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How do you tell a story that doesn’t exist in official records?

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It’s a daunting task, but historian Magdalena L. Barrera’s work has amplified the voices of the Mexican women targeted by the California Commission of Immigration and Housing (CCIH)’s “Home Teacher Program.” Though its records represent only the viewpoint of the CCIH and volunteer teachers, Barrera recovers the voices of participants by reading between the lines of instruction manuals and other CCIH materials.

The program, which was set up in 1915 and deployed volunteers to “Americanize” immigrant women through home visits and classes, was part of a broader nationwide movement that began in the 1850s. Its “eager progressive volunteers,” armed with manuals from the CCIH, were tasked with recruiting Mexican and other immigrant women to attend lessons in English and housekeeping.

The Americanization campaign was propelled by racist beliefs about immigrant women’s supposed cultural inferiority and poor hygiene, even as lesson plans ignored the reality of immigrant families’ lives. For example, “women learned that ‘their homes are strangers to the unifying influence of a family meal, neatly served and eaten together,’” according to Barrera’s review of the CCIH curriculum.

“In such statements, they were made to confront home teachers’ middle-class vision of family mealtimes, which for working-class communities was often an impossibility due to the family members’ varying work schedules.”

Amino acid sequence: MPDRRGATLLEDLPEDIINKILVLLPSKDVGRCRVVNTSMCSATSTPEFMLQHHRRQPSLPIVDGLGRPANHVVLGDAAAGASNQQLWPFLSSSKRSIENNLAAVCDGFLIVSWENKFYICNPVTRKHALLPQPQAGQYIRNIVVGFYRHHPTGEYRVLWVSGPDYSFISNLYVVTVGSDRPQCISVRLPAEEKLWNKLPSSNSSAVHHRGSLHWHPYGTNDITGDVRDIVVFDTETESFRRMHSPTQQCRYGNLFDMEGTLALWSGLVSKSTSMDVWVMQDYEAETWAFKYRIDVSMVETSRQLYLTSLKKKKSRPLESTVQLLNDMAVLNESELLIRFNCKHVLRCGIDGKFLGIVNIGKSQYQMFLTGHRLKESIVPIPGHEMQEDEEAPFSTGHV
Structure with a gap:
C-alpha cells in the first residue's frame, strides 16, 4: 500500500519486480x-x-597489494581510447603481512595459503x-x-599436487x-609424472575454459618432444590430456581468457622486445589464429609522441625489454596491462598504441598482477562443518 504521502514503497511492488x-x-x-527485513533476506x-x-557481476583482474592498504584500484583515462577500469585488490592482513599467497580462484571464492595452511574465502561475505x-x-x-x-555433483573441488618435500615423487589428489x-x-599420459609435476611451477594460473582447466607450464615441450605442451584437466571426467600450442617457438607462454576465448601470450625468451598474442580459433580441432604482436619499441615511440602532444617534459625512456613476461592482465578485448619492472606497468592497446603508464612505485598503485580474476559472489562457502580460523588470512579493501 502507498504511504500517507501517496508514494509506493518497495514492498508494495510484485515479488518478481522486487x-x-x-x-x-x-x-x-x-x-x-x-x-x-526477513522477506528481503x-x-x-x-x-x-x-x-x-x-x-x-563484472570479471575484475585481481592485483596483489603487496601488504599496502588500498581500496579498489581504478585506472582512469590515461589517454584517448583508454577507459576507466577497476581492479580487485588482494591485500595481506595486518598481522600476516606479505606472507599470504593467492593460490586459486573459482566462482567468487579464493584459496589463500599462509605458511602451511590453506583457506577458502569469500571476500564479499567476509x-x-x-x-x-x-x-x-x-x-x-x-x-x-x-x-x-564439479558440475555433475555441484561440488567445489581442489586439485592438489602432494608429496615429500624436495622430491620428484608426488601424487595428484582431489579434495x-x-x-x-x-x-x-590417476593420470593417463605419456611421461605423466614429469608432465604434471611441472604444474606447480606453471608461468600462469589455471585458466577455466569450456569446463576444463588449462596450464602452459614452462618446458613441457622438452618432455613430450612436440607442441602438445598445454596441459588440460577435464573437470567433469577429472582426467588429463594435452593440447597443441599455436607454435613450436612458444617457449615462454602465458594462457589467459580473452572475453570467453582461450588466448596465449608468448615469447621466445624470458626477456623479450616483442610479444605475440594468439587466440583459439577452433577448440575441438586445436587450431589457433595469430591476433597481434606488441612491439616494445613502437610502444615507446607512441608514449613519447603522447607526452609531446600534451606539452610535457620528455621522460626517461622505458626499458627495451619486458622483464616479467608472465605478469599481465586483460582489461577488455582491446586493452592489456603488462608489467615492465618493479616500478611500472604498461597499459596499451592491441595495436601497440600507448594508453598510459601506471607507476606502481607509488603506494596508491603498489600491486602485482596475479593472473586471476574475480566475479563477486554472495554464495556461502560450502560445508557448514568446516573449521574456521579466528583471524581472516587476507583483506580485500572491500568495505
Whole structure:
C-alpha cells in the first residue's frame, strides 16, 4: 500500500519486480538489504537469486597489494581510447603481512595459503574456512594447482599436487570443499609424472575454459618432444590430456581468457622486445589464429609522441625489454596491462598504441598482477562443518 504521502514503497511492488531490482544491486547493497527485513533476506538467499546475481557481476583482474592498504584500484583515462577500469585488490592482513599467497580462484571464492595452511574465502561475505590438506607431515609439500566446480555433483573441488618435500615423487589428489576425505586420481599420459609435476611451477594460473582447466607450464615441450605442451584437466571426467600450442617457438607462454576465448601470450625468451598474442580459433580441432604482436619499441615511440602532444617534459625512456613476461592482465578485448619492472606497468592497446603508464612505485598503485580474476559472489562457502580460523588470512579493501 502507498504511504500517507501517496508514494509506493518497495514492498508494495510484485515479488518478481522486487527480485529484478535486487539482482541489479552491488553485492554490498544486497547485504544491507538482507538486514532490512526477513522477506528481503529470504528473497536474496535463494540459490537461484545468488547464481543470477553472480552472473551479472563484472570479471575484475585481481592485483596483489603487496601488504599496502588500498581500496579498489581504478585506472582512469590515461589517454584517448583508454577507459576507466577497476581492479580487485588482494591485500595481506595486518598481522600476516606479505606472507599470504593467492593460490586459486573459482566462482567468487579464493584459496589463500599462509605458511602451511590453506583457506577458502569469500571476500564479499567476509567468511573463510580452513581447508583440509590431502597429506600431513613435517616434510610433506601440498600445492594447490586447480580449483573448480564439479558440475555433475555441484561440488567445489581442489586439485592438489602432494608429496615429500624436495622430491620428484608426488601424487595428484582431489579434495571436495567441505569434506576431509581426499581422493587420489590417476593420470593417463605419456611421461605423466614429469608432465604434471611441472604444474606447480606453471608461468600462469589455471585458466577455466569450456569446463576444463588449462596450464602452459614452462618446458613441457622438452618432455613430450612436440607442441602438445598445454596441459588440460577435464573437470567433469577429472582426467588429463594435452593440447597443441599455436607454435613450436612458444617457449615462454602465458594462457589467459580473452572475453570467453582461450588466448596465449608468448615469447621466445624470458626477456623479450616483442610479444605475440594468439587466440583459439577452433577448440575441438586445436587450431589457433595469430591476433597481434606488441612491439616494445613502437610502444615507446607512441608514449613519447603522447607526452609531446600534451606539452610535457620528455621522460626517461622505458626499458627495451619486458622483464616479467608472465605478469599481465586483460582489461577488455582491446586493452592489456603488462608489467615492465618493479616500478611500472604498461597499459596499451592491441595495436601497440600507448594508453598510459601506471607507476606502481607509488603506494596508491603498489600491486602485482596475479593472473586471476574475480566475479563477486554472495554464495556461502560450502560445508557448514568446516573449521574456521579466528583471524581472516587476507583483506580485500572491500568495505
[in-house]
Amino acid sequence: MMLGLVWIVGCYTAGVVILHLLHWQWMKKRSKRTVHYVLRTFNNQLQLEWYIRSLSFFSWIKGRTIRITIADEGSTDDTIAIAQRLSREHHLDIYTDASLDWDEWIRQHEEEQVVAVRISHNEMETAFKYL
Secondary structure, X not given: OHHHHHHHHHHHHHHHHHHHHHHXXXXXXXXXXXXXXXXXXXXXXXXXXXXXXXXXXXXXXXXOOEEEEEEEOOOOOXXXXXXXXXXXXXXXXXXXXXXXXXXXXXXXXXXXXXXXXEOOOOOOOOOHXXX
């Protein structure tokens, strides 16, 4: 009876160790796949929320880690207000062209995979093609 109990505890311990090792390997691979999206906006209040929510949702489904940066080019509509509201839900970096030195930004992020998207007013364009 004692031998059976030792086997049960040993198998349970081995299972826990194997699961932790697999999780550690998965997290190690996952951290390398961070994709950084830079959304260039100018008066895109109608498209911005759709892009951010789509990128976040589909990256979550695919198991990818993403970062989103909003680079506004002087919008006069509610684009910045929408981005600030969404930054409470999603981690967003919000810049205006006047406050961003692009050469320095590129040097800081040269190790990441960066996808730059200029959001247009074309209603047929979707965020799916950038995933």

Noting that younger women were key targets of the program, Barrera also remarks that “what proponents of Americanization saw before their eyes was an incredible pool of potential labor” and an opportunity to train Mexican girls as a “docile workforce” for manual jobs such as domestic labor and food service.

Still, she finds the CCIH materials to be “exciting documents because they contain a wealth of information.”

In one instance, she examines a scripted dialogue where the home teacher tries to drum up interest in an English class, while the “pupil” offers a host of reasons not to go.

“This dialogue likely reflects home teachers’ recruitment challenges and immigrant women’s ability to think of a number of reasons to explain their reluctance to attend classes,” she writes. “Most interesting is the phrase ‘My head is dull,’ which either is a poor translation of me duele la cabeza (‘my head hurts’) or a fascinating appropriation of CCIH language about immigrant women’s minds being dulled by drudgery.”

Besides the biases of CCIH administrators and workers, the training materials thus also offer “rare opportunities to hear the voices of immigrant women whose names have rarely been recorded,” she says.

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California History, Vol. 93, No. 4 (Winter 2016), pp. 20–41
University of California Press in association with the California Historical Society